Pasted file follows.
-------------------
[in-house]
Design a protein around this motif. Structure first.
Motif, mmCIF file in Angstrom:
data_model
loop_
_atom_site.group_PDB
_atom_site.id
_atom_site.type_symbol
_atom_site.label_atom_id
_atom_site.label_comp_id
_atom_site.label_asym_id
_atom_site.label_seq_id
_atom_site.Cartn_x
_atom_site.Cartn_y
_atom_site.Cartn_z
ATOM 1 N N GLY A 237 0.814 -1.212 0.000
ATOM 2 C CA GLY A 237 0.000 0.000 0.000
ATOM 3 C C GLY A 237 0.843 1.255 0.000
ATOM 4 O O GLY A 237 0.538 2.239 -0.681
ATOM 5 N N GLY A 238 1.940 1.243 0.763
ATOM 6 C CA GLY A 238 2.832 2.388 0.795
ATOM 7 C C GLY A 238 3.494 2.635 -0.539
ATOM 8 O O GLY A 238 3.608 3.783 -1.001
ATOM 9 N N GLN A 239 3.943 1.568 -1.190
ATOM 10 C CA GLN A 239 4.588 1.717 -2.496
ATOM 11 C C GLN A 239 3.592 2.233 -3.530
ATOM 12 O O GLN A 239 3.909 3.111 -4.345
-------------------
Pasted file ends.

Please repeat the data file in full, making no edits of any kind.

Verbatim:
[in-house]
Design a protein around this motif. Structure first.
Motif, mmCIF file in Angstrom:
data_model
loop_
_atom_site.group_PDB
_atom_site.id
_atom_site.type_symbol
_atom_site.label_atom_id
_atom_site.label_comp_id
_atom_site.label_asym_id
_atom_site.label_seq_id
_atom_site.Cartn_x
_atom_site.Cartn_y
_atom_site.Cartn_z
ATOM 1 N N GLY A 237 0.814 -1.212 0.000
ATOM 2 C CA GLY A 237 0.000 0.000 0.000
ATOM 3 C C GLY A 237 0.843 1.255 0.000
ATOM 4 O O GLY A 237 0.538 2.239 -0.681
ATOM 5 N N GLY A 238 1.940 1.243 0.763
ATOM 6 C CA GLY A 238 2.832 2.388 0.795
ATOM 7 C C GLY A 238 3.494 2.635 -0.539
ATOM 8 O O GLY A 238 3.608 3.783 -1.001
ATOM 9 N N GLN A 239 3.943 1.568 -1.190
ATOM 10 C CA GLN A 239 4.588 1.717 -2.496
ATOM 11 C C GLN A 239 3.592 2.233 -3.530
ATOM 12 O O GLN A 239 3.909 3.111 -4.345